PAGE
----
Remote islands have feelings too.

A remote island in the Southern Atlantic drowning in plastic.

Does it come from land?

Answer: NO.

Inaccessible island (a remote island in the Southern Atlantic) has been a key in helping decipher the widespread extent of plastic pollution. When researchers last visited it in 2018 they were practically gobsmacked at the amount of plastic  washed up on the shore of the island, however there is question whether the plastic was washed up in ocean currents or carelessly discarded by passing boats.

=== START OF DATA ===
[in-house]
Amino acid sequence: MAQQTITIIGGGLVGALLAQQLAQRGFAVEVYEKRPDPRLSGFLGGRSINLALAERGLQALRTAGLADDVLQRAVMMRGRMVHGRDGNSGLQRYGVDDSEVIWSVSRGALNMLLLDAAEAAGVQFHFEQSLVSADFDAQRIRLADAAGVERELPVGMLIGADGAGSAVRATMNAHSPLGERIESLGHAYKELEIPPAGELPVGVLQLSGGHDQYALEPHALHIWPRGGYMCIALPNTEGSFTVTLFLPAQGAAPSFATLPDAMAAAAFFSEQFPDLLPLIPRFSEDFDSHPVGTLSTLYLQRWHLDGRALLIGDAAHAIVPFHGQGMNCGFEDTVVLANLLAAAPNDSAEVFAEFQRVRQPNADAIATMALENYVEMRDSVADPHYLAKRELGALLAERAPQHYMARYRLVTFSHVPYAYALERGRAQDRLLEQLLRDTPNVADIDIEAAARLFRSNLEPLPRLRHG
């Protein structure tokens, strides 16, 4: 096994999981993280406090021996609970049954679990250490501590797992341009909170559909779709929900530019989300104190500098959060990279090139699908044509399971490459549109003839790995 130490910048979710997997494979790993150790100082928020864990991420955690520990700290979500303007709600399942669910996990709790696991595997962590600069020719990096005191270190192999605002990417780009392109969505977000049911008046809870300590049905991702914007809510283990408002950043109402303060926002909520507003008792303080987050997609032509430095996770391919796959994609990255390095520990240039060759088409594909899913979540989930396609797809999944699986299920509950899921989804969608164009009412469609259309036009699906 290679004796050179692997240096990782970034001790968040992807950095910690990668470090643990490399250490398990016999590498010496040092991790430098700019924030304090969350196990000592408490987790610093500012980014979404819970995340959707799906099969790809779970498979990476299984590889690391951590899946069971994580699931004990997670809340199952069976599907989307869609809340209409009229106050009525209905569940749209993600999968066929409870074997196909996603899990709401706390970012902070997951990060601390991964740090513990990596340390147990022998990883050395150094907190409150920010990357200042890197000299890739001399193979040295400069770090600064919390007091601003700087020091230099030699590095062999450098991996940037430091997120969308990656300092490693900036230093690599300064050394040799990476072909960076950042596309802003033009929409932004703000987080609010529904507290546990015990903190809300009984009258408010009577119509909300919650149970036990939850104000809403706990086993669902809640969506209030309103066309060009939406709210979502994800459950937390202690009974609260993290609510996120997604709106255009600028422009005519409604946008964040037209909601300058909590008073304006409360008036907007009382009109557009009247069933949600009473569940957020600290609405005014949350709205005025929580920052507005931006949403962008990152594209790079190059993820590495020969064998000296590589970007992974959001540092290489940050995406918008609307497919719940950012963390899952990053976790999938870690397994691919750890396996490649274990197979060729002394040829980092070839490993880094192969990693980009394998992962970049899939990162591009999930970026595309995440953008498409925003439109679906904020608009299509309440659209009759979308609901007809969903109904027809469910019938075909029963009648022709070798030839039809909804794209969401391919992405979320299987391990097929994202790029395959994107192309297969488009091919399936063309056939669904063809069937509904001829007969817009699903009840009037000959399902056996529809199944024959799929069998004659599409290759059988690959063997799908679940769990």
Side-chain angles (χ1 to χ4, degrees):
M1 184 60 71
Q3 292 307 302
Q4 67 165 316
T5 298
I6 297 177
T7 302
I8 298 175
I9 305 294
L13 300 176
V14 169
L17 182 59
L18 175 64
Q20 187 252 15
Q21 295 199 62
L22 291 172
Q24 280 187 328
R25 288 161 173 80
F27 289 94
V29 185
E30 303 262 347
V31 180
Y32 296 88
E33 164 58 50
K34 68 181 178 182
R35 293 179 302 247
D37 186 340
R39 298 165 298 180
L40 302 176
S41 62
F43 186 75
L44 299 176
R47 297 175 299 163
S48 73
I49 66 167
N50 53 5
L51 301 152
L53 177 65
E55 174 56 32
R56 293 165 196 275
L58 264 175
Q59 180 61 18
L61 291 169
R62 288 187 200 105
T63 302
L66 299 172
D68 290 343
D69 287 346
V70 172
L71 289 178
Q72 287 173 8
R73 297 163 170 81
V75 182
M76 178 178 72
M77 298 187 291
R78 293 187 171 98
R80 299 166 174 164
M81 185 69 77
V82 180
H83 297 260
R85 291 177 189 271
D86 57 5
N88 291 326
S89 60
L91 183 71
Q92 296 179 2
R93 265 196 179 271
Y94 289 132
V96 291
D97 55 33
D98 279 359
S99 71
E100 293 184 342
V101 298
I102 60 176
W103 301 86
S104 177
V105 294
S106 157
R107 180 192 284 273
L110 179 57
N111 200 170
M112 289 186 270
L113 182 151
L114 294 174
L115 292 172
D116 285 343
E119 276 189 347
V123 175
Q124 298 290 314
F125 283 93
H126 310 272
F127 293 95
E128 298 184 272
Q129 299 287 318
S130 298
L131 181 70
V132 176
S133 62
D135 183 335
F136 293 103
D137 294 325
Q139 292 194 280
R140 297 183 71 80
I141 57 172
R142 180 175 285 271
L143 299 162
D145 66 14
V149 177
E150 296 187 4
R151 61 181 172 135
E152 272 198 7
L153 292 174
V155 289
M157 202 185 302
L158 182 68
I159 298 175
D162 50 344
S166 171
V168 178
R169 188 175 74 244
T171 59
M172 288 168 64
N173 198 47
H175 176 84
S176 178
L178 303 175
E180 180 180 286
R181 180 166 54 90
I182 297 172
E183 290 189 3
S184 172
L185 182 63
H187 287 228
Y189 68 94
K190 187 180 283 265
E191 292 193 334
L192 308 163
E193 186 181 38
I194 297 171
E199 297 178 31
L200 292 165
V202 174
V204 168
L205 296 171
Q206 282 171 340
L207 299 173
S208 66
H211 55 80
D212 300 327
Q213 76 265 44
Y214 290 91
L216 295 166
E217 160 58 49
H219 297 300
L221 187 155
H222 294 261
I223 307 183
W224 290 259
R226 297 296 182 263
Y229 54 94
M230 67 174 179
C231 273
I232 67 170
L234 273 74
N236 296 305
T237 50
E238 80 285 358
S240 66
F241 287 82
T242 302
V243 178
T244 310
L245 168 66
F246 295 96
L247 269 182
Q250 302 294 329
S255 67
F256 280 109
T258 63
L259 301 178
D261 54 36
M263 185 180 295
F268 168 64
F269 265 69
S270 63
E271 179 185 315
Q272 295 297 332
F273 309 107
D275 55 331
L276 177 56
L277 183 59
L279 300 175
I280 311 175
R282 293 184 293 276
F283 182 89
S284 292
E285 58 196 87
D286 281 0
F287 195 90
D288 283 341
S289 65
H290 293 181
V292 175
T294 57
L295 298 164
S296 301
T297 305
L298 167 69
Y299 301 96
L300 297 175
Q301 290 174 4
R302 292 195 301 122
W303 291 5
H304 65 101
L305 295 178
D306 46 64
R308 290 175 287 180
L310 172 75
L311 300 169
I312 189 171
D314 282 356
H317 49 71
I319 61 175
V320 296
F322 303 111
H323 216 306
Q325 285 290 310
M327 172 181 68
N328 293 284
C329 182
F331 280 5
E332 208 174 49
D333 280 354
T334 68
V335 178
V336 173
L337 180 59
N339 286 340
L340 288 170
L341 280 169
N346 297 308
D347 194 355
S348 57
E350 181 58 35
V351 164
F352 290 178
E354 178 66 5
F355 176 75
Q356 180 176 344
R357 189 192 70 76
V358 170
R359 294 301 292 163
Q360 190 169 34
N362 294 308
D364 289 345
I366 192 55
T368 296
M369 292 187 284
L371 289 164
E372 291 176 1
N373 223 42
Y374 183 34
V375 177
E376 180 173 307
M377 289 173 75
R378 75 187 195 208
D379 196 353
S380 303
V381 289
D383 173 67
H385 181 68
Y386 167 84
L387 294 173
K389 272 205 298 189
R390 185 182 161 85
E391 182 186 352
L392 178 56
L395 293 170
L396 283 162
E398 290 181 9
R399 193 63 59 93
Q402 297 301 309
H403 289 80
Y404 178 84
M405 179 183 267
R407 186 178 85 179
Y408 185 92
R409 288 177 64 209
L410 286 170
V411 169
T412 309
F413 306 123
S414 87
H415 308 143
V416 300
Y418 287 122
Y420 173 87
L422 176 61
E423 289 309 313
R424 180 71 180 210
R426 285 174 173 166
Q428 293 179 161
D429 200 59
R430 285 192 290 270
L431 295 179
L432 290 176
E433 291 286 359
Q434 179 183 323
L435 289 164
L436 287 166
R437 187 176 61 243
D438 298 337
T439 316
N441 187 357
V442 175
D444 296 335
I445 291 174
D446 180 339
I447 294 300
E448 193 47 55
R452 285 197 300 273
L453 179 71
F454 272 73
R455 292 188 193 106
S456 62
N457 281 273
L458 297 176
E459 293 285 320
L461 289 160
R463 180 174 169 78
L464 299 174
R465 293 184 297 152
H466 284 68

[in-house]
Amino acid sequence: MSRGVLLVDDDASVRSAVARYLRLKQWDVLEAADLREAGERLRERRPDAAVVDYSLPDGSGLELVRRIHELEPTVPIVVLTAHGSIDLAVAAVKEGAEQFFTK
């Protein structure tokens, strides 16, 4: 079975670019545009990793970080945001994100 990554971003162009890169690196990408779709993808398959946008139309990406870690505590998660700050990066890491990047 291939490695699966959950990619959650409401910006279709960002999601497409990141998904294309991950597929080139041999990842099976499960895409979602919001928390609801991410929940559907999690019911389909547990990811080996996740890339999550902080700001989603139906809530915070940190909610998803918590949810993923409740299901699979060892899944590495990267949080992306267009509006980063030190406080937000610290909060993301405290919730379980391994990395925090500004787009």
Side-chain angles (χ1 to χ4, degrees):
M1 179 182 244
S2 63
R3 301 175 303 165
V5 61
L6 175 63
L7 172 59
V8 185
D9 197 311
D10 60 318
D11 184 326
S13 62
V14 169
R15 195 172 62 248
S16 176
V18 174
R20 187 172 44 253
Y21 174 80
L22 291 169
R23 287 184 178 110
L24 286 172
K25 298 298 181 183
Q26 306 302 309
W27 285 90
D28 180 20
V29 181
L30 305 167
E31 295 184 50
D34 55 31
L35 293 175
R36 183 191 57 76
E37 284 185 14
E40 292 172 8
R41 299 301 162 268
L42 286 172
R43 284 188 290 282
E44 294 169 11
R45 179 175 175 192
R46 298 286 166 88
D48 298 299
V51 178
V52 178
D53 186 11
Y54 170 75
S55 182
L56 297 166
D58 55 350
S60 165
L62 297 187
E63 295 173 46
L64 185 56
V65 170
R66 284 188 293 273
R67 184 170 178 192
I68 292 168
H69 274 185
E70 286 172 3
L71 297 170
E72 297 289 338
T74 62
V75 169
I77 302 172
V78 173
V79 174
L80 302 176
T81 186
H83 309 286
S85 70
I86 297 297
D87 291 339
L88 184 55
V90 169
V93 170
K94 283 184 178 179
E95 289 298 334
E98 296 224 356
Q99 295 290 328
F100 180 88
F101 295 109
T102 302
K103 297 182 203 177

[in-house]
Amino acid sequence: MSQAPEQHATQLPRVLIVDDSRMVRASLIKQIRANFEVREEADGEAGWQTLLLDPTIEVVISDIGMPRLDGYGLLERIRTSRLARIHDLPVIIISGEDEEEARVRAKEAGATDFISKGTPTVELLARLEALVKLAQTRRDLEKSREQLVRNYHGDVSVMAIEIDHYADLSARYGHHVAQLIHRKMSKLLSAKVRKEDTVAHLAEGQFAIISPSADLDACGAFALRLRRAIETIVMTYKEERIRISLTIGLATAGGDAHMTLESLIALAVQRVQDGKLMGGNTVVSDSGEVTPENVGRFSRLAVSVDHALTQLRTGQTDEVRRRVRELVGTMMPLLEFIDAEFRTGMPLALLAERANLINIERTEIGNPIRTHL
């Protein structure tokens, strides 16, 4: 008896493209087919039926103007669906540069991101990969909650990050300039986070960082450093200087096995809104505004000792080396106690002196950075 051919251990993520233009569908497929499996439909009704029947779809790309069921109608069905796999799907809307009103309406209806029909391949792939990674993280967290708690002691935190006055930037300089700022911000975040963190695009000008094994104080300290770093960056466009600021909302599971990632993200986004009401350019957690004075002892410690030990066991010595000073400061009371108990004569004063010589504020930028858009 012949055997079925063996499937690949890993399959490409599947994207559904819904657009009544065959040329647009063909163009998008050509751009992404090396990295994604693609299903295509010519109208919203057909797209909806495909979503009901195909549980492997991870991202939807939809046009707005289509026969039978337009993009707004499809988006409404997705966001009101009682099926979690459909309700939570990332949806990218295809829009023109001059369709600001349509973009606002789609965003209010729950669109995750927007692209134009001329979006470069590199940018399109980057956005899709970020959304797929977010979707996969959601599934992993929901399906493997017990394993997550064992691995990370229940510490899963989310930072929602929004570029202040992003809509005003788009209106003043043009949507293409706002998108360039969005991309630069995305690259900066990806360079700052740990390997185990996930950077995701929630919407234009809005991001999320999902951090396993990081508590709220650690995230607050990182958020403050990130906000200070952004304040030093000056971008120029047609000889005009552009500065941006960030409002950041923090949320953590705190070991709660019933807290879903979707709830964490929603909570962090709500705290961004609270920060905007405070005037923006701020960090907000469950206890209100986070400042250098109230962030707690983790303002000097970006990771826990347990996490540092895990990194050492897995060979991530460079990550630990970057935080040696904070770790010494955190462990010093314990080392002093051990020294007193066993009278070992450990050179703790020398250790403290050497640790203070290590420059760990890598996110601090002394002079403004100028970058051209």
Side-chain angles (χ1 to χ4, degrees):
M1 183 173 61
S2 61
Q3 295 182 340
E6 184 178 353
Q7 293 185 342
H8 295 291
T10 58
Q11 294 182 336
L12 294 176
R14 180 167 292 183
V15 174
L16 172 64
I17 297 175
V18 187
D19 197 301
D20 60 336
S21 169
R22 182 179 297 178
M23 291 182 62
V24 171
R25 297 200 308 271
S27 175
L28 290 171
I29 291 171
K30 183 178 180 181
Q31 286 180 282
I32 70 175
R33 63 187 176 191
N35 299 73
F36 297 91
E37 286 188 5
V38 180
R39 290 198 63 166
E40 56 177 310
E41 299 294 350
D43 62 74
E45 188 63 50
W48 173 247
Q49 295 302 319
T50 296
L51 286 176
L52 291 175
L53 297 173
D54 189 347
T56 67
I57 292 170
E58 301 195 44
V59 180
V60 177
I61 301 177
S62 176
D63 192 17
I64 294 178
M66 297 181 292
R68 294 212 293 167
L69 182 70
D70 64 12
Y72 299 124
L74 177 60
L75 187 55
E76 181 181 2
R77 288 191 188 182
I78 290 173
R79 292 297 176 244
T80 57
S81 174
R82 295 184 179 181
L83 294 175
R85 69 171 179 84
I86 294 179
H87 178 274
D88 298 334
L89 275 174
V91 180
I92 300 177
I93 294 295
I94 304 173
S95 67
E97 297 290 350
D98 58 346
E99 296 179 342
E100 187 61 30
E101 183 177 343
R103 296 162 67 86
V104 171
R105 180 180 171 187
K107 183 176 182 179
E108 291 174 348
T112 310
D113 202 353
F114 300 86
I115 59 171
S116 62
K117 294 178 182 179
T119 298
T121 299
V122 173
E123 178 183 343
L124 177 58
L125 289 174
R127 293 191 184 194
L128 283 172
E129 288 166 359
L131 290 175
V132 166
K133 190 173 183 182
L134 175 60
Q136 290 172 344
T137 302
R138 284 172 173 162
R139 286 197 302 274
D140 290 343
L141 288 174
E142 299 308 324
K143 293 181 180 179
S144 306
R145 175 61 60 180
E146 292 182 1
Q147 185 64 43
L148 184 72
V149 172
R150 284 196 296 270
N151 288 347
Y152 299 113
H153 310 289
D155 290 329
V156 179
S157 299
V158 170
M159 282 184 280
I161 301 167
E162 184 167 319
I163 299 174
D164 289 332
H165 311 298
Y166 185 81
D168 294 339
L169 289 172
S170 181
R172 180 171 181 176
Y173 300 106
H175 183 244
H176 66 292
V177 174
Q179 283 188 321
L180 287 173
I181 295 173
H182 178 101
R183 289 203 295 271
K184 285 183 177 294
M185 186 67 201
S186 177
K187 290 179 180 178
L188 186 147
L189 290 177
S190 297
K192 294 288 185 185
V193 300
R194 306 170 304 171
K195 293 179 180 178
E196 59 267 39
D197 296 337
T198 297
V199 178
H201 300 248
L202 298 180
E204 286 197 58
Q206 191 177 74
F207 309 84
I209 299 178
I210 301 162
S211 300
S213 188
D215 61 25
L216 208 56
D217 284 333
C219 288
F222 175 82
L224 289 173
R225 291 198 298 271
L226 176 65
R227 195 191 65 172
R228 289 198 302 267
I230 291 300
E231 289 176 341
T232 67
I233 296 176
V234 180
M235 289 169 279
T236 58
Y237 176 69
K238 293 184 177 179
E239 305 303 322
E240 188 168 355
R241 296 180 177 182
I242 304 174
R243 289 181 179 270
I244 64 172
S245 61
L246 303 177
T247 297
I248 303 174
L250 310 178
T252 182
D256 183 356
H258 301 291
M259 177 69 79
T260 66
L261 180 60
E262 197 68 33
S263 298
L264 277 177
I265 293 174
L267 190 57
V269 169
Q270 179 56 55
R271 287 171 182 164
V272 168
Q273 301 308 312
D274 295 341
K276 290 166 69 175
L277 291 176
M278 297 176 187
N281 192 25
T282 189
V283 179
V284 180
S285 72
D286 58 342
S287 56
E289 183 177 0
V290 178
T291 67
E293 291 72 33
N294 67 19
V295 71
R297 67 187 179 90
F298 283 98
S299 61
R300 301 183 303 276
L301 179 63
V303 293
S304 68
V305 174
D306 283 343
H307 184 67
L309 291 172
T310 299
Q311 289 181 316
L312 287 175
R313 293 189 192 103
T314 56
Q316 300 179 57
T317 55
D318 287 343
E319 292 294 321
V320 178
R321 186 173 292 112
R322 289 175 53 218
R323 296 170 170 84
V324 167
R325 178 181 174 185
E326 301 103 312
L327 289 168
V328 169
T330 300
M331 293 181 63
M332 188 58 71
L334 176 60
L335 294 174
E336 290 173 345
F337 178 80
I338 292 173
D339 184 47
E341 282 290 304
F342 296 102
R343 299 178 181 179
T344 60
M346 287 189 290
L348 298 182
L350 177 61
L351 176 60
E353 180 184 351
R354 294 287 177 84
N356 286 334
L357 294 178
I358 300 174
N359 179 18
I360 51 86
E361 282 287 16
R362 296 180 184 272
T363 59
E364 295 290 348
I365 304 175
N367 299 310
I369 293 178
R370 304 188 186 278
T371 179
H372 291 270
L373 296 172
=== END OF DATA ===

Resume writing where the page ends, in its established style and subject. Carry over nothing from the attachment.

Polythene terephthalate (PET) water bottles were some of the most common finds for the researchers with around 75% of them from Asia and more often than not made in China. On average these bottles were date stamped around two years ago, hinting that they are to new to have been washed ashore in Ocean currents. All of this evidence points to the conclusion that these bottles were left by passing vessels.

The researchers have carried out litter checks on the island in 2009 and 2018, with a total of 3,515 items examined in 2009 and 8,084 in 2018. The oldest piece of litter found on the island was discovered in 2018, it was a high-density polyethylene canister made in 1970.

Researchers aren’t positive but have a pretty solid idea that it’s merchant fleets who have been flinging the plastic overboard.

 

close up photo of plastic bottle
Photo by Catherine Sheila on Pexels.com

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